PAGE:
The separation of church and state in America does not allow for prayer in public schools, but it does not prevent students from learning about the pivotal role religion has played in history.

Since 1997, National Board-certified teacher Jim D'Acosta has taken his Fairfield Warde High School history students on a voluntary Religion and Social Action Field Trip. Each spring the students visit a synagogue, Catholic church, Protestant church and a mosque in an attempt to gain a better understandikng of the motivation of religious groups, which D'Acosta said provided the core leadership of the civil-rights movement of the 1960s.

"Religion is at the center of western civilization. I knew that from having been a religious studies major in college and from a master's degree in history. You can't teach a course like western civilization without acknowledging the powerful and central role that religion has played," said D'Acosta, who had 29 students sign up for this year's trip Tuesday.

"I'm Catholic so I don't know about other religions ... I thought it was interesting. I had only been to a Catholic church," said Sarah Anzellotti, a 17-year-old Warde junior. "I learned how similar the religions were. They all believe in one God and they have the same beliefs pretty much," Anzellotti said.

Even after his teaching schedule no longer included Highlights of Western Civilization, D'Acosta continued the annual house-of-worship field trips because he saw their value to the students. "Students today are American history students and I timed the trip for May in order to correspond with our unit on the 1960s civil-rights movement," he said.

"The leaders and a lot of the people who worked in civil rights in the '60s and '70s and risked their lives, some of whom were beat up, some jailed, some killed, many of them did it for religious reasons, whether they were Christians, Jews or Muslims in this country," D'Acosta said.

One of the questions he asked each religious leader to address was to explain why their particular religion encourages believers to engage in social action. "Martin Luther King Jr. was a minister. Malcolm X was an Imam. There were rabbis marching with Martin Luther King Jr. (Religion) was at the core of the reason why many people got involved in civil rights," he said.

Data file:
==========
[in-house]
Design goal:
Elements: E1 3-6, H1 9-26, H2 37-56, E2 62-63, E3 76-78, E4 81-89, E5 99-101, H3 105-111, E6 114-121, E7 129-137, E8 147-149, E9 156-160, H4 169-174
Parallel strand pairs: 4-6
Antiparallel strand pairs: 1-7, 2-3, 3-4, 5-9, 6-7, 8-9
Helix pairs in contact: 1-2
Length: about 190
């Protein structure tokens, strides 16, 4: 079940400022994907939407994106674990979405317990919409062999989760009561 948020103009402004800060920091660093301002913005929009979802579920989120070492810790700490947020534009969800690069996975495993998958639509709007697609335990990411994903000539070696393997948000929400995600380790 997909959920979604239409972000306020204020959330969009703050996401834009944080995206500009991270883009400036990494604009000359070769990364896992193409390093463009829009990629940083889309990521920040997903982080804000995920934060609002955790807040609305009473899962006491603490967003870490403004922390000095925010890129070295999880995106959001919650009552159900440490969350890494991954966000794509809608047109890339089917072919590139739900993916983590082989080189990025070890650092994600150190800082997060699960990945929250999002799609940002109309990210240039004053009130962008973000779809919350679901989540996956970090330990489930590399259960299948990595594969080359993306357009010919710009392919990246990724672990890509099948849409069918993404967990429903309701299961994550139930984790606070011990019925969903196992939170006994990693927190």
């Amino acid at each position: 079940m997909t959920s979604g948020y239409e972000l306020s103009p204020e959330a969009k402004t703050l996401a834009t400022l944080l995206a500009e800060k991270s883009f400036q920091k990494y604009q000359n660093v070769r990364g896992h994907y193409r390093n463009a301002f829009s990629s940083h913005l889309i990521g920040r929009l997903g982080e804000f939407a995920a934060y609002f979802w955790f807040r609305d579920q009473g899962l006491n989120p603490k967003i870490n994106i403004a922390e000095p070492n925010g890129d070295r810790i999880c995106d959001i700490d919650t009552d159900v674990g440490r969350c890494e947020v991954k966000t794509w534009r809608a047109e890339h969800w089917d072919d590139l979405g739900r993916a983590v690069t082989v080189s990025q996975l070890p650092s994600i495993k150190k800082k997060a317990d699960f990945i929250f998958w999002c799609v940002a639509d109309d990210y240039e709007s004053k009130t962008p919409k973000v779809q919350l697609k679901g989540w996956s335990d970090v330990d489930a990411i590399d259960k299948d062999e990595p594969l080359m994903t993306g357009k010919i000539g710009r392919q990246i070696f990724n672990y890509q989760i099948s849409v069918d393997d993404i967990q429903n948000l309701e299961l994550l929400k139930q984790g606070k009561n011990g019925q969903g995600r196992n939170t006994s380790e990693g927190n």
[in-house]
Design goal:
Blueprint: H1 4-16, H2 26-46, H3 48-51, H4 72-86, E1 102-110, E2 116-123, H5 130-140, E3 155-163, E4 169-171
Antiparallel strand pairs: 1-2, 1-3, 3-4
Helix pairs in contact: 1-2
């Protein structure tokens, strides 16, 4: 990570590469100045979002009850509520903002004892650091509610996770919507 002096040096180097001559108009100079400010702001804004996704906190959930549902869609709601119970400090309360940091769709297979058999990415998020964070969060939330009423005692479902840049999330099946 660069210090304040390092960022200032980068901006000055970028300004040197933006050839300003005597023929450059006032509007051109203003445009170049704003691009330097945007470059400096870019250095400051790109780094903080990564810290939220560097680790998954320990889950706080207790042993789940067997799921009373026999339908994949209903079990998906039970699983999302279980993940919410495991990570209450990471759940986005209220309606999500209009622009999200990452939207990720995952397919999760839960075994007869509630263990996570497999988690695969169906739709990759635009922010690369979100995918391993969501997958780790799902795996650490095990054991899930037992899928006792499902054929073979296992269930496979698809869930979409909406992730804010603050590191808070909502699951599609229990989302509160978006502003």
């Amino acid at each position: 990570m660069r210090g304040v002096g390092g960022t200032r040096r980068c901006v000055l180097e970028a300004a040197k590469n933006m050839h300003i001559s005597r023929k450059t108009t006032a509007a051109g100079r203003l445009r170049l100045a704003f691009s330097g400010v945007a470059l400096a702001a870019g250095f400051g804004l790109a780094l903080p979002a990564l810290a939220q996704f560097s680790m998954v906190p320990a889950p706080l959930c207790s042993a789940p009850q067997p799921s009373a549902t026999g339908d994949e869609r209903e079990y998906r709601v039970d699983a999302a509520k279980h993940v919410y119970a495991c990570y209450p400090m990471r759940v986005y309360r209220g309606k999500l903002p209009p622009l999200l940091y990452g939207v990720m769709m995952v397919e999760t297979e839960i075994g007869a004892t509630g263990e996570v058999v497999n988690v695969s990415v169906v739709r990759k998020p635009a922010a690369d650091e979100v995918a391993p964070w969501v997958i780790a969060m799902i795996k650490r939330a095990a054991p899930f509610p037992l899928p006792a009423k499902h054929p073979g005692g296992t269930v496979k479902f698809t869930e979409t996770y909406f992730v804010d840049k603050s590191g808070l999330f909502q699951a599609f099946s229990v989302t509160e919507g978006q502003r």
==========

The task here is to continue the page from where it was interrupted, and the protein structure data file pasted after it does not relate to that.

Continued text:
Over the years, D'Acosta said the local religious leaders have been both accommodating and enthusiastic to be included in educational programs because religion is so often left out. It has become particularly important to leaders of Islam since the Sept. 11, 2001, terrorist attacks in which the terrorists were said to have recited verses from the Koran as they flew planes into buildings in New York and Washington, D.C.

In the first few years of the trips, terrorism wasn't much of a topic, D'Acosta said. But post-9/11 it moved right to the forefront of students' interest. "Islam, unfortunately, has been on the defensive since 2001. Before 2001, my students saw Islam as being exotic and odd and interesting, but not threatening. Since 2001, definitely threatening," he said.

D'Acosta said religious leaders at the Masjid An-Noor, the mosque in Bridgeport, have been especially grateful to participate and welcoming to the students because the field trips give them an opportunity to present their religion themselves rather than to be represented by the dominant images in the media, which are negative, he said.

"I'm Muslim. When people think of Muslims the first thing that comes to mind is terrorists ... You should not let one person define an entire faith," said Abdel Abunar, 16, a junior. Abdel admitted he would feel shy about praying in front of fellow students in his house of worship, Masjid An-Noor, "but it's also a good thing at the same time because they get to learn what Islam really is.

"Religions are united and should have no qualms with each other," Abunar said.

At Masjid An-Noor, Dr. Karim Adeeb told the students he does not believe there are three different major religions -- Christianity, Judaism and Islam. "I believe there is one religion with three traditions. God doesn't contradict himself," Adeeb said.

"The message is the same, the essence of the message is the same," he said before elaborating on some of the differences and similarities. For example, he said, Christians believe humans are made in the image and likeness of God whereas in Islam God has no image.

As gay marriage has become a political issue that topic has also generated more questions from the students, D'Acosta said.

At Greenfield Hill Congregational Church, the co-pastors, the Revs. David Rowe and Alida Ward, representing Protestant Christianity, said their church allows people to follow their own conscience on the issue.

Ward said the United Church of Christ allows ministers the freedom to officiate at gay marriages and she said she has married to gay couples, and her husband, Rev. Rowe, has officiated at one gay marriage.

"They (students) may not have confronted someone like Rev. Ward and Rev. Rowe. Those ministers at Greenfield Hill Congregational Church may be the first religious leaders that they've ever heard condone gay marriage," he said.

Ward also addressed the issue of women in roles of religious leadership.

On the field trip students also learned about Judaism from Rabbi Dan Satlow, who represented Conservative Judaism at Congregation Beth El, and they visited St. Pius X Church, where the Rev. Shawn Cutler and Pastoral Assistant Kathleen Donnelly discussed Catholicism.